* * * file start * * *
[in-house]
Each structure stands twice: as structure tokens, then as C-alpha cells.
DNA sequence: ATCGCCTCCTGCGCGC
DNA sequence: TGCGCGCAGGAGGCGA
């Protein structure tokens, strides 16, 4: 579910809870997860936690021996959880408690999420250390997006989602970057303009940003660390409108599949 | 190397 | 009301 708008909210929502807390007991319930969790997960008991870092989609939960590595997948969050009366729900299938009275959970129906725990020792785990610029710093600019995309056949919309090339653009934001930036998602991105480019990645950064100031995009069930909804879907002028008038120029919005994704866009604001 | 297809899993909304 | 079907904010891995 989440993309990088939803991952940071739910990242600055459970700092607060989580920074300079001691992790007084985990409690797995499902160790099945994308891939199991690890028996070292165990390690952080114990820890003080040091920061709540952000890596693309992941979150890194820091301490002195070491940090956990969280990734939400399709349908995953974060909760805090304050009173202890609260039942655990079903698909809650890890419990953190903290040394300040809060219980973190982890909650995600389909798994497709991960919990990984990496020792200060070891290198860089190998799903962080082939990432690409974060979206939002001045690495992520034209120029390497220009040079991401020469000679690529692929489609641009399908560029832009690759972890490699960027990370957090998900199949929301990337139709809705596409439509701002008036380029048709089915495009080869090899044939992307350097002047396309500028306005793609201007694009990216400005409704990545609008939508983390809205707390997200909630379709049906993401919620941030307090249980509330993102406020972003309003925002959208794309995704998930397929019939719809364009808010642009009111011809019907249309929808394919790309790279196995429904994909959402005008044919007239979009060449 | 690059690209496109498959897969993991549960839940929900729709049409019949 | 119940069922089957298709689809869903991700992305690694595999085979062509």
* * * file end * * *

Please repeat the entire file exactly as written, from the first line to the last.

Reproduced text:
[in-house]
Each structure stands twice: as structure tokens, then as C-alpha cells.
DNA sequence: ATCGCCTCCTGCGCGC
DNA sequence: TGCGCGCAGGAGGCGA
């Protein structure tokens, strides 16, 4: 579910809870997860936690021996959880408690999420250390997006989602970057303009940003660390409108599949 | 190397 | 009301 708008909210929502807390007991319930969790997960008991870092989609939960590595997948969050009366729900299938009275959970129906725990020792785990610029710093600019995309056949919309090339653009934001930036998602991105480019990645950064100031995009069930909804879907002028008038120029919005994704866009604001 | 297809899993909304 | 079907904010891995 989440993309990088939803991952940071739910990242600055459970700092607060989580920074300079001691992790007084985990409690797995499902160790099945994308891939199991690890028996070292165990390690952080114990820890003080040091920061709540952000890596693309992941979150890194820091301490002195070491940090956990969280990734939400399709349908995953974060909760805090304050009173202890609260039942655990079903698909809650890890419990953190903290040394300040809060219980973190982890909650995600389909798994497709991960919990990984990496020792200060070891290198860089190998799903962080082939990432690409974060979206939002001045690495992520034209120029390497220009040079991401020469000679690529692929489609641009399908560029832009690759972890490699960027990370957090998900199949929301990337139709809705596409439509701002008036380029048709089915495009080869090899044939992307350097002047396309500028306005793609201007694009990216400005409704990545609008939508983390809205707390997200909630379709049906993401919620941030307090249980509330993102406020972003309003925002959208794309995704998930397929019939719809364009808010642009009111011809019907249309929808394919790309790279196995429904994909959402005008044919007239979009060449 | 690059690209496109498959897969993991549960839940929900729709049409019949 | 119940069922089957298709689809869903991700992305690694595999085979062509």